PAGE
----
Management of Palmer amaranth in Illinois
Species Biology: Palmer amaranth growth rate
The growth rate and competitive ability of Palmer amaranth exceed those of other Amaranthus species. Research has demonstrated that Palmer amaranth plants have the highest values for several growth parameters, including plant volume, dry weight and leaf area among the Amaranthus species common to agronomic cropping systems. Perhaps most important with respect to application timing of foliar-applied herbicides, Palmer amaranth demonstrates the fastest rate of height increase. Whereas waterhemp can add one inch of new growth per day under good growing conditions, Palmer amaranth can add two to three inches per day. The effectiveness of most foliar-applied herbicides dramatically decreases when Palmer amaranth plants are taller than four inches.
Do not rely solely on glyphosate to control Palmer amaranth. Molecular assays have indicated resistance to glyphosate appears to be relatively common among recently identified Palmer amaranth populations in Illinois.
Recommendations based on Palmer amaranth growth rate:
1. Begin scouting fields within 14–21 days after crop emergence. We recommend this interval even for fields previously treated with a soil-residual herbicide applied close to planting.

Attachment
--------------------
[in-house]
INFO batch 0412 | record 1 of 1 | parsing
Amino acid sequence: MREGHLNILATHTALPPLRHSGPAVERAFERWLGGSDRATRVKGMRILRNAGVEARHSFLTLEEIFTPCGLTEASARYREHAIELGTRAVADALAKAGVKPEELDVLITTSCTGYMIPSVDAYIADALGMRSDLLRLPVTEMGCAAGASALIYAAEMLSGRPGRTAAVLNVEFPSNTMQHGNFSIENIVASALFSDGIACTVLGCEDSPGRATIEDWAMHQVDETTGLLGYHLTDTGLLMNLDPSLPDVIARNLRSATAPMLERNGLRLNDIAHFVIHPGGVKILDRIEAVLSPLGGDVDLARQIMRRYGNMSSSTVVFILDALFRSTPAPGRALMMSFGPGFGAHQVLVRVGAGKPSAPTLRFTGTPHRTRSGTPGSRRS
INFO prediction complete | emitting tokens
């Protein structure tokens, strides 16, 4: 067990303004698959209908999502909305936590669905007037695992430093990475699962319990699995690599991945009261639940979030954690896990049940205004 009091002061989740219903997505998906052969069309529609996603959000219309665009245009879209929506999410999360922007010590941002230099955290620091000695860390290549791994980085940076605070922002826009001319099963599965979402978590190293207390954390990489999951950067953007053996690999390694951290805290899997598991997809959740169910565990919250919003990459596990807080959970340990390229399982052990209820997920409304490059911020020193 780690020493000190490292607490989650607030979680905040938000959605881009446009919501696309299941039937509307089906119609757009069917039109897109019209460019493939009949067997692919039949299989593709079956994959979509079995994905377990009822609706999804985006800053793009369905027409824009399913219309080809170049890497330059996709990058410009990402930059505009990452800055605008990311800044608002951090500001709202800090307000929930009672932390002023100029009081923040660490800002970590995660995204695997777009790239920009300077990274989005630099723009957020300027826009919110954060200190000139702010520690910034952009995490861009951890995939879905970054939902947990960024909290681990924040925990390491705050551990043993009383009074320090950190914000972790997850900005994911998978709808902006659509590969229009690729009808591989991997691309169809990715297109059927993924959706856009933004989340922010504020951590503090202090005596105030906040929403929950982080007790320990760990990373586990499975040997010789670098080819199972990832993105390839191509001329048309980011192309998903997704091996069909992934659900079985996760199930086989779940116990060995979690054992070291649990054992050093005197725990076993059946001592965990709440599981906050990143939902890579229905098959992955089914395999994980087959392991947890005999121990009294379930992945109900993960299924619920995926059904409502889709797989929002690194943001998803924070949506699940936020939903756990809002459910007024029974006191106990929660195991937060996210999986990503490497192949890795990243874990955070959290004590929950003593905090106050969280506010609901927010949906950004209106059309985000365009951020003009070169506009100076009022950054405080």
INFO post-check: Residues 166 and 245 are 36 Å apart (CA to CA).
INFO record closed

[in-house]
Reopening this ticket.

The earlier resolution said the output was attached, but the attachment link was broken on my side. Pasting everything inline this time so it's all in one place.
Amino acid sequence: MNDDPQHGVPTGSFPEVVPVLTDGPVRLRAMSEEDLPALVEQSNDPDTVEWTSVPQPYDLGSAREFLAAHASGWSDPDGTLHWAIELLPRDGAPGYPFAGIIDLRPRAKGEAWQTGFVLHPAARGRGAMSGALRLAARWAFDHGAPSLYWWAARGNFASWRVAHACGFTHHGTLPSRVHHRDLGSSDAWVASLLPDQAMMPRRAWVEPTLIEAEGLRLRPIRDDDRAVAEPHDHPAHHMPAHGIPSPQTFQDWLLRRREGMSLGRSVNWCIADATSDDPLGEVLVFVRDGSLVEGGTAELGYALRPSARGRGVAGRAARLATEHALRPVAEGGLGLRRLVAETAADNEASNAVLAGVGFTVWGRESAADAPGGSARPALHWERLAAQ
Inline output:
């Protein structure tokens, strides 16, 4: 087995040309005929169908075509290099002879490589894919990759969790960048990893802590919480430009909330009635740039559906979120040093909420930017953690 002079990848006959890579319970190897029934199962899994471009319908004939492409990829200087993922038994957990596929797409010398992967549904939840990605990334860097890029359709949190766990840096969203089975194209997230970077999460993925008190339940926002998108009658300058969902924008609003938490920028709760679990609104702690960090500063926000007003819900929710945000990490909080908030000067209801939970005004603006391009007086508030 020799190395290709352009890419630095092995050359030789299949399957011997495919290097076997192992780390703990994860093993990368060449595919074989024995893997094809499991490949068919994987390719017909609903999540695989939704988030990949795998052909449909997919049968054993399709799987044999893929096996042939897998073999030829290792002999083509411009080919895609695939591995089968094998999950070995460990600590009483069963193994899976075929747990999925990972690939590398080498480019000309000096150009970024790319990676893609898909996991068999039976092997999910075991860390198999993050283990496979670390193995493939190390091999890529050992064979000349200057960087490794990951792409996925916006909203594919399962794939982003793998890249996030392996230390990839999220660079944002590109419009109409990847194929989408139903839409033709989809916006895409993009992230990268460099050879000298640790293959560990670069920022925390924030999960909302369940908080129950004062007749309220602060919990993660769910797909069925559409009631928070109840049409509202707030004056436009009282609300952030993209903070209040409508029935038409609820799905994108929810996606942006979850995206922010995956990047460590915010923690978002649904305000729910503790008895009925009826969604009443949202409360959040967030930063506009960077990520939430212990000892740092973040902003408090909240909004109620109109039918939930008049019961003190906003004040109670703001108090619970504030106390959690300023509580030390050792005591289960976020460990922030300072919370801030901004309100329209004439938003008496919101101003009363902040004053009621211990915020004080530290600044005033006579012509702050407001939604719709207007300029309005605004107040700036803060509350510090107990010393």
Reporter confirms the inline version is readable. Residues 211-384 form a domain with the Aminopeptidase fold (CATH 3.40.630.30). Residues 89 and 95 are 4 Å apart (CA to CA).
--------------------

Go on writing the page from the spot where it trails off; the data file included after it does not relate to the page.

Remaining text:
2. Foliar-applied herbicides must be applied before Palmer amaranth plants exceed four inches in height. Reiterating, the effectiveness of most foliar-applied herbicides dramatically decreases when Palmer amaranth plants are taller than four inches. Postemergence herbicides that demonstrate control or suppression of Palmer amaranth include synthetic auxin herbicides (dicamba, 2,4-D), diphenylethers (acifluorfen, lactofen, fomesafen), glufosinate, glyphosate, and HPPD inhibitors (mesotrione, tembotrione, topramezone). Palmer amaranth can germinate and emerge over an extended period of time, so there is often a wide range of plant sizes by the time postemergence herbicides are applied. This can present problems with spray interception by smaller plants under the protective canopy of larger plants. Adjustments in spray volume and pressure can help to overcome some of the challenges with coverage.
3. Consider including a soil-residual herbicide during the application of the foliar-applied herbicide. A soil-residual herbicide applied with the foliar-applied herbicide can help control additional Palmer amaranth emergence and allow the crop to gain a competitive advantage over later-emerging weeds.
4. Fields should be scouted 7–14 days after application of the foliar-applied herbicide to determine:
- herbicide effectiveness
- if the soil-residual herbicide included with the POST application is providing effective control
- if additional Palmer amaranth plants have emerged.
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